Stockholm, February 10, 2021 - Logical Clocks announces three new research projects part of the European Union (EU) Horizon 2020 research and innovation programme that will benefit from Hopsworks artificial intelligence (AI) capabilities to scale deep learning and enhance research focused on understanding environmental changes and improving healthcare in Europe. Hopsworks is the world’s first and most advanced managed Feature Store with an end-to-end AI platform for the development and operation of AI applications at scale.
“The European Union leads the world when it comes to leveraging AI for the benefit of the environment and public health” comments Jim Dowling, CEO at Logical Clocks and Associate Professor at KTH Royal Institute of Technology in Sweden. “Research is part of our DNA and we are proud to be one of the few AI companies leading projects that will ultimately enhance quality of life, not just in the European Union, but around the world.”
The Human Exposome Assessment Platform (HEAP) is building a research platform, leveraging AI capabilities, to reveal the influence of environmental factors on human health, such as the link between airborne particles and predisposition to late-onset disease such as cancer. The project received €11 million funding from the European Union for 11 partners from 6 European countries to combine machine learning with computational statistics and develop powerful statistical modelling tools. With Hopsworks’ metadata mechanisms, which makes large volumes of data easily searchable, accessible and shareable, the HEAP platform will not only unlock new insights but it will also facilitate sharing data in a secure environment, becoming an open resource for the research communities as well as policy-makers across the world.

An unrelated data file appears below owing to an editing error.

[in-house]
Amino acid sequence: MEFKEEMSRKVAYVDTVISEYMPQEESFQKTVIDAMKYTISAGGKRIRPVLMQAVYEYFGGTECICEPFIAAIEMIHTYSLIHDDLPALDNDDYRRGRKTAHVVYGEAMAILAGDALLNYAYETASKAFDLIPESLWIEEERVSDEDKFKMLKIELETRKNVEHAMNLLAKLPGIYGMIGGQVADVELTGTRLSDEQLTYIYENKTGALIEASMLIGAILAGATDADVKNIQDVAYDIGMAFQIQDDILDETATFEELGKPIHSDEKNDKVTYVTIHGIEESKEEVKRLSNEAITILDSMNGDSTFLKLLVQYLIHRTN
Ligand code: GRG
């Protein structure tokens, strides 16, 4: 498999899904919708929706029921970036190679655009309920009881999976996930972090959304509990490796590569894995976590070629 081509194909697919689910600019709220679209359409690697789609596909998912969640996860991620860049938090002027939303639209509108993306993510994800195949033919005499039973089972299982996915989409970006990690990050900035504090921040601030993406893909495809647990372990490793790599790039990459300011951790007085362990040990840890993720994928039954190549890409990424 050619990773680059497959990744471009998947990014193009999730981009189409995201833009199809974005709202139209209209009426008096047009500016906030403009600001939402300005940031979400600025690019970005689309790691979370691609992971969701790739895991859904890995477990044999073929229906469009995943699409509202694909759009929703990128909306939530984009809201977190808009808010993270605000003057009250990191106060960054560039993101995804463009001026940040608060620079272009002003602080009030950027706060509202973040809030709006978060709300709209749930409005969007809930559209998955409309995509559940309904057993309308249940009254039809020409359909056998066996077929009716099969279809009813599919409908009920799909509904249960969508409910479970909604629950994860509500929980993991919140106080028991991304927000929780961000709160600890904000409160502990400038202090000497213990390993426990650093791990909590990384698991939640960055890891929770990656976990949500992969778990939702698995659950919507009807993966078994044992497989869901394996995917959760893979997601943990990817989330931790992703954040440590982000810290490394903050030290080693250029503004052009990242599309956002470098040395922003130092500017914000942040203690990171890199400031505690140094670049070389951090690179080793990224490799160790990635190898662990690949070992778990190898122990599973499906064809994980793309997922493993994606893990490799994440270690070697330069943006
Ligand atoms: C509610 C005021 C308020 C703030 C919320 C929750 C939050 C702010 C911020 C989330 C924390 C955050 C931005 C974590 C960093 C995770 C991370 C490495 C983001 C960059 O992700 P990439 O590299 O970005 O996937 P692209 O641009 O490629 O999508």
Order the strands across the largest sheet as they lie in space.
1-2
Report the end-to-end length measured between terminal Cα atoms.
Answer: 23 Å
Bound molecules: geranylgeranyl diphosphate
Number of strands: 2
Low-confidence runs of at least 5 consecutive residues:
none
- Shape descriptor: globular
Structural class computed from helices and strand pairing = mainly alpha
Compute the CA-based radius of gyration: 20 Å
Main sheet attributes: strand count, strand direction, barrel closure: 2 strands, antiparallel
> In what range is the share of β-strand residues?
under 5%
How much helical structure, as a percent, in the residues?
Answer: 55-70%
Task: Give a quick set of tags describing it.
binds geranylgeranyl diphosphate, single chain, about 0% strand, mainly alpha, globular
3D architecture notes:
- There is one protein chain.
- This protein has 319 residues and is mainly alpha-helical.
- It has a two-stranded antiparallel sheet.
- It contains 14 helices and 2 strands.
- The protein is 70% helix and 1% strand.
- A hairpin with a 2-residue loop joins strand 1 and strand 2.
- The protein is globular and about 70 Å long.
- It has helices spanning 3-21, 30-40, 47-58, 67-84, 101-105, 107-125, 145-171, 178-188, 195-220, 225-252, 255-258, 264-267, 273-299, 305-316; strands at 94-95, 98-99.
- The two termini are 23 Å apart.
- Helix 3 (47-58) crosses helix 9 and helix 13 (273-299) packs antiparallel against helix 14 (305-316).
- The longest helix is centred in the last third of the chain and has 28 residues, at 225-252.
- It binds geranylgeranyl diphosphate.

The DeepCube project tackles, through AI, urgent problems caused by climate change in Europe and the whole Mediterranean region, such as forecasting of localized extreme drought and deadly heat impacts in Africa. The project is part of a consortium formed by 9 organizations from 6 European countries that will combine cutting-edge technologies, such as the Hopsworks platform for machine learning, the Earth System Data Cube, and an advanced visualization tool, to extract meaningful information from a large volume of data and to develop data-driven AI models. Funded with €4 million million by the European Union, the project will develop AI applications by extracting extract data from the Copernicus Earth Observation programme which already produces annually more than 3 petabytes of free, open and high quality data from satellites and from non-conventional data sources, such as social network data, industry-specific data, and sensor data.
The ExtremeEarth project focuses on the most concerning issues of food security, such as water availability for irrigation of vegetation growth for the former. Currently 20 percent of the agricultural areas of the world are irrigated, producing 40 percent of the global food. The project is also dedicated to developing near real-time automated sea mapping, positively impacting the maritime sea navigation and safety, thus improving the life of 4 million people living in the Arctic. Currently, sea ice information is available either as ice charts or as satellite data, a practice that requires time consuming expert analysis to produce and, consequently, leads to less frequent updates than desired. With support of 11 organizations, the project is implementing state-of-the-art technologies such as Hopeworks Deep Learning and big data processing of massive amounts of data. ExtremeEarth received €6 million funding from the European Union and it is generating key insights for the development of sustainable practices with high significant financial impacts.
“The Hopsworks platform will play a major role in going beyond the current state of the state-of-the-art of AI technologies, especially when addressing large volumes of data and scale-out deep learning, while remaining open source. We will continue to make Hopsworks available for free to researchers across the world to bring answers to problems that concern all of us,” comments Dowling.